Dr. Giulia Galli

Distinguished Speaker Series:
Dr. Giulia Galli

Dr. Giulia GalliEarth Abundant Materials for Solar Energy Conversion

Dr. Giulia Galli
Liew Family Professor, University of Chicago
January 20th, 2016 at 6:00 PM
Cevíche Tapas Orlando (125 W. Church Street Orlando, FL 32801)

Climate change and the related need for sustainable energy sources replacing fossil fuels are pressing societal problems. The development of advanced materials is widely recognized as one of the key elements for new technologies that are required to achieve a sustainable environment and provide clean and adequate energy for our planet.

In this presentation, we will discuss how the combination of advanced theory and computation with state-of-the-art experiments may lead to successful bottom up design of materials for energy applications.

About Dr. Giulia Galli :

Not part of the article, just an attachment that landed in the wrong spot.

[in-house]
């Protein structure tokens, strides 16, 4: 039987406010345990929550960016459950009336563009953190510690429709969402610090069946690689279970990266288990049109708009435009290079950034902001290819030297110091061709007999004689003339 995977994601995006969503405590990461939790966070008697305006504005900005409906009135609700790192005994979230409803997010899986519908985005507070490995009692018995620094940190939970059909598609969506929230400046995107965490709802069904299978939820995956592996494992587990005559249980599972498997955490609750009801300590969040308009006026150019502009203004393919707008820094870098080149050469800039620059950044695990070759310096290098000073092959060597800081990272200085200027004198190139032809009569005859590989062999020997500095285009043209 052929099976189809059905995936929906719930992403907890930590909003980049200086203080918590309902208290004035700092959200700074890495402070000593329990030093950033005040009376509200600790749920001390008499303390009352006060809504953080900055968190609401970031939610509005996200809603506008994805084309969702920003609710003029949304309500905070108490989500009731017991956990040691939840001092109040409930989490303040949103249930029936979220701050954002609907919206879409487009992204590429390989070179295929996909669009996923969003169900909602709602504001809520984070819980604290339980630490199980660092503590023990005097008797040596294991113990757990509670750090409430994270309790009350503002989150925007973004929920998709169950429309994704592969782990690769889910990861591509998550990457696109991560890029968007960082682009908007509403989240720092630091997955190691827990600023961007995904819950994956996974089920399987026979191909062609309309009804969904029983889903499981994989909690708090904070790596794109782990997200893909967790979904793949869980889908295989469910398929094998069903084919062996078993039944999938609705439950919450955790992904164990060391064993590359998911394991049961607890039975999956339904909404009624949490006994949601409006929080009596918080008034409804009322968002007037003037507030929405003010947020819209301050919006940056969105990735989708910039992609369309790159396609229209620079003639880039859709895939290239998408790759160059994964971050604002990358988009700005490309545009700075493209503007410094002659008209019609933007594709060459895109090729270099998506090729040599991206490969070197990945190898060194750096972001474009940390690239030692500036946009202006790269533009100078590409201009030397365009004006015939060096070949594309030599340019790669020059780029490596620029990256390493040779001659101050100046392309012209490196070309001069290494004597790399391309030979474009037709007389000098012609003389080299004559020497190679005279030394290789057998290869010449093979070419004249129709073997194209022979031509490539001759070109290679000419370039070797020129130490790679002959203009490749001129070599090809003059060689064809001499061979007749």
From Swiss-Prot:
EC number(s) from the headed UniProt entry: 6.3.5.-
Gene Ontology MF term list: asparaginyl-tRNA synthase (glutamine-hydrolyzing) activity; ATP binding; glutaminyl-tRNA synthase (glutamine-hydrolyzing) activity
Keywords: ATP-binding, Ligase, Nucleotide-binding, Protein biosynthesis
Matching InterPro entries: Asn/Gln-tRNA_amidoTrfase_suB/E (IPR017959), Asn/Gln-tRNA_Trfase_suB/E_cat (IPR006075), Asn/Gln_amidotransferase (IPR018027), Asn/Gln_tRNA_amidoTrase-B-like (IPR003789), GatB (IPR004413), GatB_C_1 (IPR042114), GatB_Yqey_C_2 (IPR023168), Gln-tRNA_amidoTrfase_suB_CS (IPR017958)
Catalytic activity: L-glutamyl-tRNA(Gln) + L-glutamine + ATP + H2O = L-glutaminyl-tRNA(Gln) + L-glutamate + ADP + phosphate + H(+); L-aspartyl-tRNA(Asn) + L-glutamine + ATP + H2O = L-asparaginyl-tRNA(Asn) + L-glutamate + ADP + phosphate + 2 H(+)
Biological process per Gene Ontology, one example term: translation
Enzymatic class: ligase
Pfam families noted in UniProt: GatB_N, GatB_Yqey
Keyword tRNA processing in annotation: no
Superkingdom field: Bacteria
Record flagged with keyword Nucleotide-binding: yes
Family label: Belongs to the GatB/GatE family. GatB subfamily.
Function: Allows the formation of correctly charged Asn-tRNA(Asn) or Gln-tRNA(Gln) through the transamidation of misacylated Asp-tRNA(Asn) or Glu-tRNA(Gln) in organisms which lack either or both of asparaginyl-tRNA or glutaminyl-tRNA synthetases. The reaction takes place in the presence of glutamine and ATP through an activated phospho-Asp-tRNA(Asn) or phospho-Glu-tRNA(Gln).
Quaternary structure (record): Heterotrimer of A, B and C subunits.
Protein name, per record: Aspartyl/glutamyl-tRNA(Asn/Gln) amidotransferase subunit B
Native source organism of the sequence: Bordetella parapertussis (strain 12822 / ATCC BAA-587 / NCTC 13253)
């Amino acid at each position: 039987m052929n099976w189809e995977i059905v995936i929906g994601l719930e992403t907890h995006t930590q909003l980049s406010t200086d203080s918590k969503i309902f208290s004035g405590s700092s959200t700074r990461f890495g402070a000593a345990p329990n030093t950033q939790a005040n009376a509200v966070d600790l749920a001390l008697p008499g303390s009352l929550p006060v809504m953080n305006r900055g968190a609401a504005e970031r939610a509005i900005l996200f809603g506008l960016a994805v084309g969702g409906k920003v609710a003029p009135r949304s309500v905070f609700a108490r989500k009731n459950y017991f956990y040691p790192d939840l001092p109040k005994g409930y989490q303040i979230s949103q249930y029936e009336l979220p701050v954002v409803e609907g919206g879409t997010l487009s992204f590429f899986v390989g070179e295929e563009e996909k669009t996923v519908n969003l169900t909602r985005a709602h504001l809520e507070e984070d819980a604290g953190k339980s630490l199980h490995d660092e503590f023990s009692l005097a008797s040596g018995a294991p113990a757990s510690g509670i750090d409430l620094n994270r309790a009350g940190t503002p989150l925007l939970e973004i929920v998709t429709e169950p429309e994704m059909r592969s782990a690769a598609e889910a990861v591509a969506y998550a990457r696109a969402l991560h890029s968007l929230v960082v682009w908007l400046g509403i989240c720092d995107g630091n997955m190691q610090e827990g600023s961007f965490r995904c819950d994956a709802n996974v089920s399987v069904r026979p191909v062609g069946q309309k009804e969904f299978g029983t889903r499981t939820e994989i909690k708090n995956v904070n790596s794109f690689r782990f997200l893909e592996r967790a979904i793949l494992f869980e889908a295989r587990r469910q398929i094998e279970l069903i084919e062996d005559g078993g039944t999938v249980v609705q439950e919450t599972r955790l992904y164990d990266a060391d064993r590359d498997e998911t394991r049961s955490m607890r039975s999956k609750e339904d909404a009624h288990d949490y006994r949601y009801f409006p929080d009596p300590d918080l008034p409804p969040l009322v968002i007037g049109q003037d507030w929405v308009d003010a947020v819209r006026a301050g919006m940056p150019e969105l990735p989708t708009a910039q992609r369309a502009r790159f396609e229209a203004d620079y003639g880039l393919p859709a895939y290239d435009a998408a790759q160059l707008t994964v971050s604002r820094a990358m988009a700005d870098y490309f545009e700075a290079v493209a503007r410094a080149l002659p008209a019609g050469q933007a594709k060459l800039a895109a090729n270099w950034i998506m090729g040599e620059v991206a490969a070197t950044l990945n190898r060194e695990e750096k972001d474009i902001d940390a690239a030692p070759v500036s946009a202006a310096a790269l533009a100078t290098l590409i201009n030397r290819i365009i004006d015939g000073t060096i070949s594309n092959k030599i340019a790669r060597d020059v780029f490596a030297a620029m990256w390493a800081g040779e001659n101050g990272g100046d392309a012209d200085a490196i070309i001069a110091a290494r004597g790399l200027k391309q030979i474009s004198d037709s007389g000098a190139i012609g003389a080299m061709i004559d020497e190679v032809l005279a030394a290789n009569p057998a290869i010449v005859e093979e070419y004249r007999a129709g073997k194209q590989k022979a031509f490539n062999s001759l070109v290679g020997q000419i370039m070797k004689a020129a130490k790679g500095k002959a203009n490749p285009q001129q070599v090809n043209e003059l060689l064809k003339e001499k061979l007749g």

Giulia Galli has joined the Institute for Molecular Engineering at The University of Chicago. She also holds a Senior Scientist position at Argonne National Laboratory. She spent eight years at the University of California, Davis where she was Professor of Chemistry and Physics and where she is now Adjunct Professor of Chemistry. She holds a Ph.D. in Physics from the International School of Advanced Studies (SISSA) in Trieste, Italy. Prior to joining the UCD faculty, Giulia Galli was the head of the Quantum Simulations group at the Lawrence Livermore National Laboratory. She is a Fellow of the American Physical Society (APS) and was elected chair of the Division of Computational Physics of the APS in 2006. She is the recipient of an award of excellence from the Department of Energy (2000) and of the Science and Technology Award from the Lawrence Livermore National Laboratory (2004). She served as chair of the Extreme Physics and Chemistry of Carbon Directorate of the Deep Carbon Observatory (DCO) in 2010-2013. Her research activity is focused on quantum simulations of systems and processes relevant to condensed matter physics, physical chemistry, materials and nano-science.